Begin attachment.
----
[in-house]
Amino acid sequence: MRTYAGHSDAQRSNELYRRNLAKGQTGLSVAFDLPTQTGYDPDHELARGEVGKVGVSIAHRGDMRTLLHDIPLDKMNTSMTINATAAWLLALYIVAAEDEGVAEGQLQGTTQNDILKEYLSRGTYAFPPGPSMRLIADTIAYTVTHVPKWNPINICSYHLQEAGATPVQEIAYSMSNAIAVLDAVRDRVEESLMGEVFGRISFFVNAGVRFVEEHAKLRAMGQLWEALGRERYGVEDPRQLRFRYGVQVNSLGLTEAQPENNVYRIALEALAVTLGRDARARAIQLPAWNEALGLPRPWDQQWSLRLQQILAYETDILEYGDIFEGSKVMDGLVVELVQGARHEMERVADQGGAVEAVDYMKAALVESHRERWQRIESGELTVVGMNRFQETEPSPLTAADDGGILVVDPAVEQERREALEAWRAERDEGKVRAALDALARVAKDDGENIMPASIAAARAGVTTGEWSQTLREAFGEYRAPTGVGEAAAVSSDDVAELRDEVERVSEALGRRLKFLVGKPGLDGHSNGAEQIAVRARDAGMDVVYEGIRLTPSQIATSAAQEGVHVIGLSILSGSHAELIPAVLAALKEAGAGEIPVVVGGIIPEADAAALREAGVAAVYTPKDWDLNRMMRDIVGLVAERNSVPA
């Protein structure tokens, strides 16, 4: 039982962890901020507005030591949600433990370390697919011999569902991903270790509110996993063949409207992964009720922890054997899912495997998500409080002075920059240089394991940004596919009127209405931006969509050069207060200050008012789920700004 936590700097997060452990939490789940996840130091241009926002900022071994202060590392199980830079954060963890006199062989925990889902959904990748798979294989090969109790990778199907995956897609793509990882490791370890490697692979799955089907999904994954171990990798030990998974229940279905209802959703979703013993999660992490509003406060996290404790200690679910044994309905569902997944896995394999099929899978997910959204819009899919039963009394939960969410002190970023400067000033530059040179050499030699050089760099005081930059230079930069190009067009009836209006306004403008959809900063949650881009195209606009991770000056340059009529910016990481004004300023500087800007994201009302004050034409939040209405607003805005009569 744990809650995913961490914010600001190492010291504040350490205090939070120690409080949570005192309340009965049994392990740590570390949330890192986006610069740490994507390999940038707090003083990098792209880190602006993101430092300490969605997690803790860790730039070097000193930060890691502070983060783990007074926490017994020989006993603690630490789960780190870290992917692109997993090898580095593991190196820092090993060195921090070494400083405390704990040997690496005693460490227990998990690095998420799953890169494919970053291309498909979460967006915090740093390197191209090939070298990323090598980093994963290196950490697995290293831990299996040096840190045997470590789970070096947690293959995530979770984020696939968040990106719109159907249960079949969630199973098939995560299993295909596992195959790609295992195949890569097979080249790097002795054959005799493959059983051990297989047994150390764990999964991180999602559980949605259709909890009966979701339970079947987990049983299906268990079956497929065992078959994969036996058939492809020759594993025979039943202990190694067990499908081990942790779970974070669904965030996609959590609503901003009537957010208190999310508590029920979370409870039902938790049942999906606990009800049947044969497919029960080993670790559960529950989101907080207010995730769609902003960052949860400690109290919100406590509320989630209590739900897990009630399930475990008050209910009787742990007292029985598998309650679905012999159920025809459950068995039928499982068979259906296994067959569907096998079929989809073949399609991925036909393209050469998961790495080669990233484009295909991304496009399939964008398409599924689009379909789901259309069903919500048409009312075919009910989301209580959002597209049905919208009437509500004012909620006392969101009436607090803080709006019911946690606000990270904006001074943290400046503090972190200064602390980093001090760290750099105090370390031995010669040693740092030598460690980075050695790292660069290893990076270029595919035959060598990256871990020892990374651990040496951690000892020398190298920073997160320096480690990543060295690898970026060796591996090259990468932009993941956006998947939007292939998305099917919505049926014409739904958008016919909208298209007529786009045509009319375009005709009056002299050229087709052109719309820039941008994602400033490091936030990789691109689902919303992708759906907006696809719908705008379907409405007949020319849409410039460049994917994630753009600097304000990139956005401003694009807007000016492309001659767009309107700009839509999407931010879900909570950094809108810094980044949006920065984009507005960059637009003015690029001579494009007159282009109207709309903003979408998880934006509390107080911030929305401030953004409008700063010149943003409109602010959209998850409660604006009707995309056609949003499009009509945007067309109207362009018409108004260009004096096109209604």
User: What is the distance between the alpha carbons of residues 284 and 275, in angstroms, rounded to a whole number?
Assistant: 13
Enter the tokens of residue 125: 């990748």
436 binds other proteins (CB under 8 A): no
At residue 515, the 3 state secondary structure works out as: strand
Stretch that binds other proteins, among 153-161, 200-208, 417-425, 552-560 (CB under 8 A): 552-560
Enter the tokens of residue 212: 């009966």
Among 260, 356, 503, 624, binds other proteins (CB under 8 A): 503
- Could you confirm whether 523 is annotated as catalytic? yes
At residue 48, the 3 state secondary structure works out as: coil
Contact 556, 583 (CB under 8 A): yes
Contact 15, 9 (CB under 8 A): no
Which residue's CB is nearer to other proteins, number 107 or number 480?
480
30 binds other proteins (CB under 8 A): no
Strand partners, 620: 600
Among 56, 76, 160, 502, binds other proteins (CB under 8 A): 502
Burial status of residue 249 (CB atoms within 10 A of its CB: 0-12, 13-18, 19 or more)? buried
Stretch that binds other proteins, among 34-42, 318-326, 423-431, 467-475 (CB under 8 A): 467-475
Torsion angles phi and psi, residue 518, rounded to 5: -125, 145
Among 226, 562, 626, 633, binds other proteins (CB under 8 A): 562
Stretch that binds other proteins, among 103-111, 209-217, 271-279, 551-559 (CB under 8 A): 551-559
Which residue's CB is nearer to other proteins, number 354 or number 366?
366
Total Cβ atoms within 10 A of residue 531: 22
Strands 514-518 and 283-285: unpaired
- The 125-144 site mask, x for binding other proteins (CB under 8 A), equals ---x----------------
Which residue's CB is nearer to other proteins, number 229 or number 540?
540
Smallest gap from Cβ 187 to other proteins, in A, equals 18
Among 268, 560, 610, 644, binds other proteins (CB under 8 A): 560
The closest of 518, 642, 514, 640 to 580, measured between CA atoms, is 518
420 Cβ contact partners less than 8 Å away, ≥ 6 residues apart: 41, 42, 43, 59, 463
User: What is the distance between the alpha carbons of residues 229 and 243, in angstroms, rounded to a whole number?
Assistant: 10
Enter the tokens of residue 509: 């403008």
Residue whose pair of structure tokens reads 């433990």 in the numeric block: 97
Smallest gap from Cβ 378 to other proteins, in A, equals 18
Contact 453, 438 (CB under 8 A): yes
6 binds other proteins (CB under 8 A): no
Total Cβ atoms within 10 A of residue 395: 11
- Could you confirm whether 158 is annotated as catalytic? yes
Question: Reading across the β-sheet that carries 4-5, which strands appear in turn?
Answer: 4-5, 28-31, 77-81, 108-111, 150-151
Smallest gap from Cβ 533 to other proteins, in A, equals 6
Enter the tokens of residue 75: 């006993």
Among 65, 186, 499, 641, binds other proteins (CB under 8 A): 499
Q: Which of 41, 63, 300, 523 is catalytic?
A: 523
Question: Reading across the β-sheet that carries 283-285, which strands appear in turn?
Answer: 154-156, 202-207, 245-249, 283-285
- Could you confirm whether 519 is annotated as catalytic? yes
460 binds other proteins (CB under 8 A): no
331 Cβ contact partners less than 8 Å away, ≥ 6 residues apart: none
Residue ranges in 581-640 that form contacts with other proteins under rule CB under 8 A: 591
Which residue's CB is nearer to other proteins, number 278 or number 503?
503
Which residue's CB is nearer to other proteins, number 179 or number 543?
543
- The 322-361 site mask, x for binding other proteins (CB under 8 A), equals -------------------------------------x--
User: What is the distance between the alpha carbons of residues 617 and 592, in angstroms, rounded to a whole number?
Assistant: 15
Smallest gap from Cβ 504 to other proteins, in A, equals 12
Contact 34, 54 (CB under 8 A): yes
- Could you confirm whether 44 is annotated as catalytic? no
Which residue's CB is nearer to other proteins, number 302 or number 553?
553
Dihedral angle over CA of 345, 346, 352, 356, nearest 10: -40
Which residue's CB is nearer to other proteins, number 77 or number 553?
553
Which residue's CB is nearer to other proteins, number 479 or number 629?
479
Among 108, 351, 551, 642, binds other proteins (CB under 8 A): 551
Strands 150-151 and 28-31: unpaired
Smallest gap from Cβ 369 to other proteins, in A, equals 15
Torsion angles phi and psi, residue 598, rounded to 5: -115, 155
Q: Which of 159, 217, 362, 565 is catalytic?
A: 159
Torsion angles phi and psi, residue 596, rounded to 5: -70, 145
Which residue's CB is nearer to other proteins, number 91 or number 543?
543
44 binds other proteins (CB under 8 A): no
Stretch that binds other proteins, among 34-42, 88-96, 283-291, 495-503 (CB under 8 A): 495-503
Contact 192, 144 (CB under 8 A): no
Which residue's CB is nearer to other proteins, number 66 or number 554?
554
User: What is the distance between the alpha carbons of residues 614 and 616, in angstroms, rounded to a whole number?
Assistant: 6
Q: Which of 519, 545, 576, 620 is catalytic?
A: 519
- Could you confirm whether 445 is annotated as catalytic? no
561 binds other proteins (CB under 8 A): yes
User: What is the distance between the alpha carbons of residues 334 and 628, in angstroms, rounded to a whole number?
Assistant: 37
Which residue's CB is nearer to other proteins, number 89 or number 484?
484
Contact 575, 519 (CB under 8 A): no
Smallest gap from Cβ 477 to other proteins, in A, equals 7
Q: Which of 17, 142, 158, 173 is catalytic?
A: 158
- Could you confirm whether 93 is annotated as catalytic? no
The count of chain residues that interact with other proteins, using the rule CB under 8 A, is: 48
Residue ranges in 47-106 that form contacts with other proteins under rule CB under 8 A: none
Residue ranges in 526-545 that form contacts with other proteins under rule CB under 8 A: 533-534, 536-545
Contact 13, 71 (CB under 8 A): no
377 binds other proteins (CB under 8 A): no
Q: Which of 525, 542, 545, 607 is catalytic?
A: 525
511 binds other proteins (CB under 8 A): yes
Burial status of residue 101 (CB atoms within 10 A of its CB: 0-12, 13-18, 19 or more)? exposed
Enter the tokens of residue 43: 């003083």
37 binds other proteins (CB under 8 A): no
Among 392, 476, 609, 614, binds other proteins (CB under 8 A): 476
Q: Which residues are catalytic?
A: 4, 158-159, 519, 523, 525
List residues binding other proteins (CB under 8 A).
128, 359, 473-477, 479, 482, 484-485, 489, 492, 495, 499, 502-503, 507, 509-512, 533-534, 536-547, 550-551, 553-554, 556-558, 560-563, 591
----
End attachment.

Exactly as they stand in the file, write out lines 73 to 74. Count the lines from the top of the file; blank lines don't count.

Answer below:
553
Which residue's CB is nearer to other proteins, number 479 or number 629?